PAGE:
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Blender 2.5 with a Big Buck Bunny scene open

Welcome to Blender! The Blender documentation consists of many parts: this user manual, a reference guide, tutorials, forums, and many other web resources. The first part of this manual will guide you through installing Blender, and optionally building Blender from source.

Blender has a powerful interface, highly optimized for 3D graphics production. The large number of buttons and menus might be a bit intimidating at first, but don't worry. After a bit of practice it will become familiar and intuitive.

It is highly recommended you read our section on The Interface carefully to get familiar with both the interface and with the conventions used in the documentation.

What is Blender?

Blender was first conceived in December 1993 and became a usable product in August 1994 as an integrated application that enables the creation of a diverse range of 2D and 3D content. Blender provides a broad spectrum of modeling, texturing, lighting, animation and video post-processing functionality in one package. Through its open architecture, Blender provides cross-platform interoperability, extensibility, an incredibly small footprint, and a tightly integrated workflow. Blender is one of the most popular Open Source 3D graphics applications in the world.

Aimed at media professionals and artists world-wide, Blender can be used to create 3D visualizations and still images, as well as broadcast- and cinema-quality videos, while the incorporation of a real-time 3D engine allows for the creation of 3D interactive content for stand-alone playback or video games.

Originally developed by the company 'Not a Number' (NaN), Blender has continued on as 'Free Software', with the source code available under the GNU General Public License (GPL). The Blender Foundation in the Netherlands coordinates its ongoing development.

Between 2008 and 2010, key parts of Blender were re-written to improve its functions, workflow and interface. The result of this work produced the version of the software known as Blender 2.5.

Key Features:

Image being rendered and post-processed
  • Fully integrated creation suite, offering a broad range of essential tools for the creation of 3D content, including modeling, uv mapping, texturing, rigging, skinning, animation, particle and other simulation, scripting, rendering, compositing, post-production, and game creation;
  • Cross platform, with an OpenGL GUI that is uniform on all platforms (customizable with python scripts), ready to use for all current versions of Windows (XP, Vista, 7), Linux, OS X, FreeBSD, Sun and numerous other operating systems;
  • High quality 3D architecture enabling fast and efficient creation work-flow;
  • More than 200,000 downloads of each release (users) worldwide;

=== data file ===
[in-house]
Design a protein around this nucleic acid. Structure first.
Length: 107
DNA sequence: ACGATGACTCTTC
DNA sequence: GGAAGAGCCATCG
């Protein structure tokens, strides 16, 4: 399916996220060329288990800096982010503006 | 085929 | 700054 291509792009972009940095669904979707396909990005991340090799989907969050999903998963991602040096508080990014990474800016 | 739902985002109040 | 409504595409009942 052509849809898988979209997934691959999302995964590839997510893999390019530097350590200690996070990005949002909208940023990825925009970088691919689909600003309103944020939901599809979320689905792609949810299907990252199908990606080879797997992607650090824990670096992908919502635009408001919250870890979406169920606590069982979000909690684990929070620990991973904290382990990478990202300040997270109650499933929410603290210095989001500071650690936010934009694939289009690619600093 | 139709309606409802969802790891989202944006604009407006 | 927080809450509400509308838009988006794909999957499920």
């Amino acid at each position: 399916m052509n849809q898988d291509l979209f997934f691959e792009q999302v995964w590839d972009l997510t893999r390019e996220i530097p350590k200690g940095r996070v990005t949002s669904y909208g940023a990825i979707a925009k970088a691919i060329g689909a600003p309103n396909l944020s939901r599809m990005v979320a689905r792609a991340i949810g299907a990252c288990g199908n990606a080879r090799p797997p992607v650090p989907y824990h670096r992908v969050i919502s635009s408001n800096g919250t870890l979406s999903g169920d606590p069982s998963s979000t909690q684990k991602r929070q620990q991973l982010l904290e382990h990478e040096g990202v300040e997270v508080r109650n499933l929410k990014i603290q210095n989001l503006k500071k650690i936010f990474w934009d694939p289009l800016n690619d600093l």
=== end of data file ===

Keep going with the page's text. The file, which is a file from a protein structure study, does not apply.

• User community support by forums for questions, answers, and critique at and news services at;
  • Small executable size, easy distribution.

You can download the latest version of Blender here.

Blender is a full-featured tool

Blender Welcome Screen ver 2.68 autumn 2013
Blender makes it possible to perform a wide range of 3d-content-creation-oriented tasks. Therefore it may seem daunting when first trying to grasp the basics. However, with a bit of motivation and the right learning material, it is possible to be productive with Blender after a few hours of practice. If you're reading this wiki, it is a good start, though it serves more as a reference. You also have online video tutorials (free and paid) from specialized websites, and several books in the Blender store.

Despite everything Blender can do, it remains a tool. Great artists create masterpieces, not only by pressing buttons or manipulating brushes, but also by learning and practicing human anatomy, color theory, composition, lighting, traditional animation, photography, psychology and many other areas. 3D content creation software have the added technical complexity and jargon associated with the underpinning technologies. CPUs, GPUs, memory, algorithms, vectors, materials, meshes are the mediums of the digital artist, and understanding them, even broadly, will help you using Blender to its best.

So keep reading this wiki, learn the great tool that Blender is, keep your mind open to other artistic and technological areas, and you too can become a great artist.

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This is the old manual!
For the current 2.7x manual see

User Manual

World and Ambient Effects


World Background

Ambient Effects

Stars (2.69)

Game Engine


Introduction to the Game Engine
Game Logic Screen Layout


Logic Properties and States
The Logic Editor


Introduction to Sensors
Sensor Editing
Common Options
-Actuator Sensor
-Always Sensor
-Collision Sensor
-Delay Sensor
-Joystick Sensor
-Keyboard Sensor
-Message Sensor
-Mouse Sensor
-Near Sensor
-Property Sensor
-Radar Sensor
-Random Sensor
-Ray Sensor
-Touch Sensor


Controller Editing
-AND Controller
-OR Controller
-NAND Controller
-NOR Controller
-XOR Controller
-XNOR Controller
-Expression Controller
-Python Controller


Actuator Editing
Common Options
-2D Filters Actuator
-Action Actuator
-Camera Actuator
-Constraint Actuator
-Edit Object Actuator
-Game Actuator
-Message Actuator
-Motion Actuator
-Parent Actuator
-Property Actuator
-Random Actuator
-Scene Actuator
-Sound Actuator
-State Actuator
-Steering Actuator
-Visibility Actuator

Game Properties

Property Editing

Game States



Camera Editing
Stereo Camera
Dome Camera




Material Physics
No Collision Object
Static Object
Dynamic Object
Rigid Body Object
Soft Body Object
Vehicle Controller
Sensor Object
Occluder Object

Path Finding

Navigation Mesh Modifier

Game Performance

Framerate and Profile
Level of Detail

Python API

Bullet physics


Standalone Player
Licensing of Blender Game

Android Support

Android Game development